Little Grassbird calls

To: <>
Subject: Little Grassbird calls
From: "Geoffrey Dabb" <>
Date: Tue, 21 Dec 2010 09:13:39 +1100

Couple of points on the call.  It can sound faint when coming from say 50m or more when it seems to float faintly on the wind.  It can seem loud from about 10m, almost startling.  If the bird is very close, say 2-3m it can sound tentative and confiding, as if trying to start a conversation.  At that time the pee-peeer-pee can be just an enquiring ‘pee-peer’.


The elements in the original pic, as so often, were governed by the lighting. The excessive light probably washed out the streaks.  I would think they’d be evident through binoculars.  If you want to ID a bird on the spot, use binoculars.  A camera viewfinder is a very poor substitute.  Some effects of light below, adult in shade on left, juvs in sunlight on right.  I might mention the processing effect again.  ( eg colour enhancement turns some female honeyeaters into males.)   If Lindell had really cropped and darkened the pic it might have helped the ID although it mightn’t have been much from an aesthetic viewpoint.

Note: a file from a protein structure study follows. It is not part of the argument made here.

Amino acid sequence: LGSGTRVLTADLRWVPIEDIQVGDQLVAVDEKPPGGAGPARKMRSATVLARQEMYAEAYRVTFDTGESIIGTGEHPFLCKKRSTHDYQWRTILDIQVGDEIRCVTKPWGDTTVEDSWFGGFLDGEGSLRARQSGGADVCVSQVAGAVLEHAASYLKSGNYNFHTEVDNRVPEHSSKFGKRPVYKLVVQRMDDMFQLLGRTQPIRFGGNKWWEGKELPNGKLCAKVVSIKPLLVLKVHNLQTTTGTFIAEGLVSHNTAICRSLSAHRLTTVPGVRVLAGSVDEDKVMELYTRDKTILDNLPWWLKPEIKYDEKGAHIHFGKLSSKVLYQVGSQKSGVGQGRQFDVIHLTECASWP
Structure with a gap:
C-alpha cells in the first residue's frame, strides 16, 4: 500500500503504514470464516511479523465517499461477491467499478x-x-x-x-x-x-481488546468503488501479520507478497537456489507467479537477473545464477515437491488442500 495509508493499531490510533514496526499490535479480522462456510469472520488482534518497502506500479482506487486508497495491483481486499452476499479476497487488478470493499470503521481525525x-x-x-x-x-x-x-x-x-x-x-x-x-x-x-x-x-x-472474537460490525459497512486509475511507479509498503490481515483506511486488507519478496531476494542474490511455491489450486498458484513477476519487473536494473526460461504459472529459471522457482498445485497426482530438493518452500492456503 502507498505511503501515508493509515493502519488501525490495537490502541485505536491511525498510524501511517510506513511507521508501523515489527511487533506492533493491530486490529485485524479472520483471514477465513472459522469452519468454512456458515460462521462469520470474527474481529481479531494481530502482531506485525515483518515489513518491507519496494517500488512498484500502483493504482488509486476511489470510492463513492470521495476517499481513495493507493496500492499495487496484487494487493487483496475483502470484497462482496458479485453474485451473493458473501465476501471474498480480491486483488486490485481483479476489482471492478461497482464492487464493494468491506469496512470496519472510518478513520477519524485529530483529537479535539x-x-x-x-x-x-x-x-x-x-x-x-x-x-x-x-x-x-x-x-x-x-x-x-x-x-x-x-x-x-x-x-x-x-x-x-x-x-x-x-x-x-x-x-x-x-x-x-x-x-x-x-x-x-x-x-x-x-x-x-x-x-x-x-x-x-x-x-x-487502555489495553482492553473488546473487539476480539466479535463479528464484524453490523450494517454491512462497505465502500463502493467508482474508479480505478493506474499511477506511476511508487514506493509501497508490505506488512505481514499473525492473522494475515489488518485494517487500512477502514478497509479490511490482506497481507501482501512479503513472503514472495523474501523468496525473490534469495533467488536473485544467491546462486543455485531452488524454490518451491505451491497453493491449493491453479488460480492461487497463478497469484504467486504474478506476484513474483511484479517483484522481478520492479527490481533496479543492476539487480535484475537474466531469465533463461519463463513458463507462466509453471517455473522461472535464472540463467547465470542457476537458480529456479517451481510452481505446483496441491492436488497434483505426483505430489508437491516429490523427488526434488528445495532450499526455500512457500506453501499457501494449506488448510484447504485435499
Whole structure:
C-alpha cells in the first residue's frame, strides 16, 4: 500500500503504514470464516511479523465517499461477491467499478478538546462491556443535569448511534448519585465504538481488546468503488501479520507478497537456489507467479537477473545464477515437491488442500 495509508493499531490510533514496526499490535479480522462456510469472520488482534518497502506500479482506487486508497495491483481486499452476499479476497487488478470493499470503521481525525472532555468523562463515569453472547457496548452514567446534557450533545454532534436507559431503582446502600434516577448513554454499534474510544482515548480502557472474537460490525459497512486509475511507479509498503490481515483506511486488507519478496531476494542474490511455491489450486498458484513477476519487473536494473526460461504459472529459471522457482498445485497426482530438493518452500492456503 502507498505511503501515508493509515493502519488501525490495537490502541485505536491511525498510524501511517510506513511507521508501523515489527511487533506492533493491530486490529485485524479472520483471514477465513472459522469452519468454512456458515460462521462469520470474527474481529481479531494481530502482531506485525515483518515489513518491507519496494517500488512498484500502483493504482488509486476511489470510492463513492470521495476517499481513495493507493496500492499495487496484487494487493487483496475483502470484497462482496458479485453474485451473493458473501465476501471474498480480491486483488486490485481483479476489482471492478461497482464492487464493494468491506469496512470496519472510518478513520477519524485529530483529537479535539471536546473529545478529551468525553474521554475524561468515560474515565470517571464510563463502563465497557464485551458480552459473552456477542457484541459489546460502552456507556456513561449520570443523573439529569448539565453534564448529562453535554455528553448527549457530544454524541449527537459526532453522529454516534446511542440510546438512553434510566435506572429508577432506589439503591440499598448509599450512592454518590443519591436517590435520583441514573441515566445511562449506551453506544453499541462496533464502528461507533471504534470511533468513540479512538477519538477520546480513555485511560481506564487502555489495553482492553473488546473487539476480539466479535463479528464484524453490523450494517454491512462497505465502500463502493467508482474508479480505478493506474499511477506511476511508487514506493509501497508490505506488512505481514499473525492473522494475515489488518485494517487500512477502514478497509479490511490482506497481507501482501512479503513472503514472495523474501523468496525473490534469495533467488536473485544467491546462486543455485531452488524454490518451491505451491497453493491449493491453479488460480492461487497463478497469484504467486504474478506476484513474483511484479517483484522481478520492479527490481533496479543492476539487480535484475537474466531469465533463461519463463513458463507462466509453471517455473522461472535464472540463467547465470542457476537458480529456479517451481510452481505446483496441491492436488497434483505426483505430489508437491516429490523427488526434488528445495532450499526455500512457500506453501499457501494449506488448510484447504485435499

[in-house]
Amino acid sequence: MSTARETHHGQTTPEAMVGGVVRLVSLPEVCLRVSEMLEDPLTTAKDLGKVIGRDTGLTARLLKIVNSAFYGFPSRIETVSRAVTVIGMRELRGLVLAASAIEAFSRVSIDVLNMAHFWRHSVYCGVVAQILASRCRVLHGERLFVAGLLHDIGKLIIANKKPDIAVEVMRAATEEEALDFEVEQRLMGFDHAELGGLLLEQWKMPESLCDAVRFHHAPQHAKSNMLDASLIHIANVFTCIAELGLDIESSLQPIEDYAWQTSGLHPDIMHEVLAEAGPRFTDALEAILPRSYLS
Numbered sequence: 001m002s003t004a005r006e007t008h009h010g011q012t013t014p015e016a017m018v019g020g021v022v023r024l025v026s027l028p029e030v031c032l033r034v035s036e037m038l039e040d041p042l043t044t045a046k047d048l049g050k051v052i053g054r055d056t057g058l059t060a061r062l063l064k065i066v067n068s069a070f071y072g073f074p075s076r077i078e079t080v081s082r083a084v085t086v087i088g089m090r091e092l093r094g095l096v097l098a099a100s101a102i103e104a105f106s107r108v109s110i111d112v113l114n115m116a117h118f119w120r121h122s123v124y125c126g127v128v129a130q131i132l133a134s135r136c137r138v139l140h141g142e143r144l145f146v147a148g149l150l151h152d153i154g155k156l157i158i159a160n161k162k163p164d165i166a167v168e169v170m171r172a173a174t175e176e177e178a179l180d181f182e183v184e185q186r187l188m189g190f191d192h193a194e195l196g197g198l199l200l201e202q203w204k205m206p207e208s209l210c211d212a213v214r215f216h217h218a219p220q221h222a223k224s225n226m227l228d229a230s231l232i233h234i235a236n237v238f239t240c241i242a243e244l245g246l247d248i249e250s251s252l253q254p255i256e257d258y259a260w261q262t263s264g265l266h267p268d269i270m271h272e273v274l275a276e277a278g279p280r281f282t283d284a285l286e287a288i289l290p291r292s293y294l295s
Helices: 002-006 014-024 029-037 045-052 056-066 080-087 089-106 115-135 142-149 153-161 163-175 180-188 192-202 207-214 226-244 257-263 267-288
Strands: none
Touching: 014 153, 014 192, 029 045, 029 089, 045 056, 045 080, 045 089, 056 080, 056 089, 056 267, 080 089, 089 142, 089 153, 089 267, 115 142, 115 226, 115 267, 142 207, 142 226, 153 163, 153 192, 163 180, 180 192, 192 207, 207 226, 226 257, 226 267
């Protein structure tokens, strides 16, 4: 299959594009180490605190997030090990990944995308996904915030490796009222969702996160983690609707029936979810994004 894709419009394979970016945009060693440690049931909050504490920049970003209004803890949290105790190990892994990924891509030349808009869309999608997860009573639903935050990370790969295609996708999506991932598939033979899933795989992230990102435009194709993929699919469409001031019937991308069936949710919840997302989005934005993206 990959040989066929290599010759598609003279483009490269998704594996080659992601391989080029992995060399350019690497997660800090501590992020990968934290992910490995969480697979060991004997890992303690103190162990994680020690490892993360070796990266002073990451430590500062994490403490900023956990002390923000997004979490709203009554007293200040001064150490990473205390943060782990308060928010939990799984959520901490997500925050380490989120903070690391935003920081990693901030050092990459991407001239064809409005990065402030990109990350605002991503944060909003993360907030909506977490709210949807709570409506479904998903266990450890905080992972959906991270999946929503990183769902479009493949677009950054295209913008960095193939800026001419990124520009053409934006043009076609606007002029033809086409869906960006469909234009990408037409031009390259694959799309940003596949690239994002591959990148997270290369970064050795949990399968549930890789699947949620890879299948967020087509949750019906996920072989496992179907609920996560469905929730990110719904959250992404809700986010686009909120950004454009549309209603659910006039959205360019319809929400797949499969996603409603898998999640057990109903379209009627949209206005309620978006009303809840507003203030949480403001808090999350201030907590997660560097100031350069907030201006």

From: Barbara Jones [
Sent: Tuesday, 21 December 2010 8:24 AM
To: Canberra Birds
Subject: [canberrabirds] Little Grassbird calls


John asks: different calls – different geographical area?


I hear the call of the Little Grassbirds on the Far South Coast as the same pitch as a distant reversing heavy vehicle/machinery ‘beep’, although softer and thinner. Comments?


Barbara Jones




Sent: Monday, December 20, 2010 6:16 PM


Subject: [canberrabirds] Little Grassbird vs Clamorous Reed-Warbler


Lidell’s photo generated much debate/argument at our place, finally everyone settled for a juvenile Little Grassbird, but were surprised to read. “Its sound is a very weak whistle.” In our experience it’s quite the opposite and more often heard than seen. However this reminds me that I’ve sometimes thought the same species will give different calls depending on the geographical area. Anyone?

And I thought Clamorous Reed-Warbler was now Australian Reed-Warbler, or have the taxonomists changed it?

John Layton


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